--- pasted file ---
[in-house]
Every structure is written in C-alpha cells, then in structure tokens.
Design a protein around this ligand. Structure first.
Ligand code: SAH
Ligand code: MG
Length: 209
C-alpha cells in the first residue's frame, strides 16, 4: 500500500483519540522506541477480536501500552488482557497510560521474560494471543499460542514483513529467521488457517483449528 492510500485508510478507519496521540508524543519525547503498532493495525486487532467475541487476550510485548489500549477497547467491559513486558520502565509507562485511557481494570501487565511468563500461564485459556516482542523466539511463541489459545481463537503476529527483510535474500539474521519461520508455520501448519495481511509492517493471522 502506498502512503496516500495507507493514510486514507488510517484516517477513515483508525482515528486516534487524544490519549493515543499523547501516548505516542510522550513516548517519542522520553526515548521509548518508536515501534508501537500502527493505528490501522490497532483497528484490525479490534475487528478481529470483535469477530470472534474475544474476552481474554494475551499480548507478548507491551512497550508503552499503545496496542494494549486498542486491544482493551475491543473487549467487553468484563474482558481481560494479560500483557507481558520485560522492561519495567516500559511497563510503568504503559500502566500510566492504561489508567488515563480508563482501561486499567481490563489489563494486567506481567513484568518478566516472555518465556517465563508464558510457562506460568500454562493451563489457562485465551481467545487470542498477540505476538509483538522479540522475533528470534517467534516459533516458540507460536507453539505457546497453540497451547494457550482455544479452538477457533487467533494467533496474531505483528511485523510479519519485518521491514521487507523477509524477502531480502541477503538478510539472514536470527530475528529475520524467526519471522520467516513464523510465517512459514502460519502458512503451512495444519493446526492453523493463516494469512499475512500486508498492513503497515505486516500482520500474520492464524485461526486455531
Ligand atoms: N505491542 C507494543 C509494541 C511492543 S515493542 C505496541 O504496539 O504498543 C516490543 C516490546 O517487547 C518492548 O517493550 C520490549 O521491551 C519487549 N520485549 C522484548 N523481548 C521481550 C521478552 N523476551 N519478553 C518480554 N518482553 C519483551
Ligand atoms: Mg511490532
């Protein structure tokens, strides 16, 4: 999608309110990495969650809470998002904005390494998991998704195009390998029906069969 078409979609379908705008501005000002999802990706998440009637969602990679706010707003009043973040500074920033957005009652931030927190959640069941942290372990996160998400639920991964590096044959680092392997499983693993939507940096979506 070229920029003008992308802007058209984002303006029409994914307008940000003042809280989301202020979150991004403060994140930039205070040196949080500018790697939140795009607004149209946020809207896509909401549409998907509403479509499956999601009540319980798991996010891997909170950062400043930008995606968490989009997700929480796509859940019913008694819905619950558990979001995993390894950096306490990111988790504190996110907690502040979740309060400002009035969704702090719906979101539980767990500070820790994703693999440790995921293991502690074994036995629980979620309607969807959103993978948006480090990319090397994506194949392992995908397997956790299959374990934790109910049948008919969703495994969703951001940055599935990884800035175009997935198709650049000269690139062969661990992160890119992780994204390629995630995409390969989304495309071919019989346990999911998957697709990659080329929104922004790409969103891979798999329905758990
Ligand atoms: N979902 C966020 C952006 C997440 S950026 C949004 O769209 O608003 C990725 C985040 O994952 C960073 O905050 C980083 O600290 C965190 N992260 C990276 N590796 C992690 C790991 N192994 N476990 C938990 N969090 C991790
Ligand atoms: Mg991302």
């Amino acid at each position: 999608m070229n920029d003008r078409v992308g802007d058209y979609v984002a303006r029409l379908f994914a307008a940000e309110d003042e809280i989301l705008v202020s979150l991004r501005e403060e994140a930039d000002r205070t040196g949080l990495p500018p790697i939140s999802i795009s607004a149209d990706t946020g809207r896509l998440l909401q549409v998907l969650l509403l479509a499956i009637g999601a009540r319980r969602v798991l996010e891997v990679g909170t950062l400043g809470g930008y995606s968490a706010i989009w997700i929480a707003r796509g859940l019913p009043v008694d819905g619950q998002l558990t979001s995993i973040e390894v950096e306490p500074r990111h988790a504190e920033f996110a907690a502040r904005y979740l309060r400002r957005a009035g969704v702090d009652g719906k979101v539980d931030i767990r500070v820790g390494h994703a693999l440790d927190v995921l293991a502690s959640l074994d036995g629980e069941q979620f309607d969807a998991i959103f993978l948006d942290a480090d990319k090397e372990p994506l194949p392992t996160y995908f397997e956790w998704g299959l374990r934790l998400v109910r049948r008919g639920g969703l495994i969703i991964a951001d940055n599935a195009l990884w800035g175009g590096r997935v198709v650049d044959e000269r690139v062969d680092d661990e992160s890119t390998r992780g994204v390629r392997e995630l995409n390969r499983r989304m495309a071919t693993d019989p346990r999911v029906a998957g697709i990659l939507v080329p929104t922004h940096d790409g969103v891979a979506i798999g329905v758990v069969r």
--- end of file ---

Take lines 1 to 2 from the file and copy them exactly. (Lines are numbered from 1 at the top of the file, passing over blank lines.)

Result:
[in-house]
Every structure is written in C-alpha cells, then in structure tokens.